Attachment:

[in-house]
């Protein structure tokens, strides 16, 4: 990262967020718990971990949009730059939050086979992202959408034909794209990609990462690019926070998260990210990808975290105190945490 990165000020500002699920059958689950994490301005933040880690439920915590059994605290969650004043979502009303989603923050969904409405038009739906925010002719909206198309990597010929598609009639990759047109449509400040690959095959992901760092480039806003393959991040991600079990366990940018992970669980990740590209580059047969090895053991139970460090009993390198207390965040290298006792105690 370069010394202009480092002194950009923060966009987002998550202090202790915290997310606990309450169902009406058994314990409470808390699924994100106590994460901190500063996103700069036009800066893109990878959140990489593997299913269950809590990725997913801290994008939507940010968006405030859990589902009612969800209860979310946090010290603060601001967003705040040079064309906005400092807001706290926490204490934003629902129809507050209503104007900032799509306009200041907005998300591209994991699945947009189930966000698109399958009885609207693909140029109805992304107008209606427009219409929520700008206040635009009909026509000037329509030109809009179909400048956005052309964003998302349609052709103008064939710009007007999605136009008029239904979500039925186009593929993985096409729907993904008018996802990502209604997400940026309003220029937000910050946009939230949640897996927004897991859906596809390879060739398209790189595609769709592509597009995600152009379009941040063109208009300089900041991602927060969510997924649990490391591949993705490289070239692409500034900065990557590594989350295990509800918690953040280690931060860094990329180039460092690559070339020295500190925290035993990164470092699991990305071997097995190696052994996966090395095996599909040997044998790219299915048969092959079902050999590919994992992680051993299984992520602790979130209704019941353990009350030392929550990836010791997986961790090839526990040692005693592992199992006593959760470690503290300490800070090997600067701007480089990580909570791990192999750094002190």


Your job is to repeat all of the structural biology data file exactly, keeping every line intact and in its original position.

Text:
[in-house]
């Protein structure tokens, strides 16, 4: 990262967020718990971990949009730059939050086979992202959408034909794209990609990462690019926070998260990210990808975290105190945490 990165000020500002699920059958689950994490301005933040880690439920915590059994605290969650004043979502009303989603923050969904409405038009739906925010002719909206198309990597010929598609009639990759047109449509400040690959095959992901760092480039806003393959991040991600079990366990940018992970669980990740590209580059047969090895053991139970460090009993390198207390965040290298006792105690 370069010394202009480092002194950009923060966009987002998550202090202790915290997310606990309450169902009406058994314990409470808390699924994100106590994460901190500063996103700069036009800066893109990878959140990489593997299913269950809590990725997913801290994008939507940010968006405030859990589902009612969800209860979310946090010290603060601001967003705040040079064309906005400092807001706290926490204490934003629902129809507050209503104007900032799509306009200041907005998300591209994991699945947009189930966000698109399958009885609207693909140029109805992304107008209606427009219409929520700008206040635009009909026509000037329509030109809009179909400048956005052309964003998302349609052709103008064939710009007007999605136009008029239904979500039925186009593929993985096409729907993904008018996802990502209604997400940026309003220029937000910050946009939230949640897996927004897991859906596809390879060739398209790189595609769709592509597009995600152009379009941040063109208009300089900041991602927060969510997924649990490391591949993705490289070239692409500034900065990557590594989350295990509800918690953040280690931060860094990329180039460092690559070339020295500190925290035993990164470092699991990305071997097995190696052994996966090395095996599909040997044998790219299915048969092959079902050999590919994992992680051993299984992520602790979130209704019941353990009350030392929550990836010791997986961790090839526990040692005693592992199992006593959760470690503290300490800070090997600067701007480089990580909570791990192999750094002190």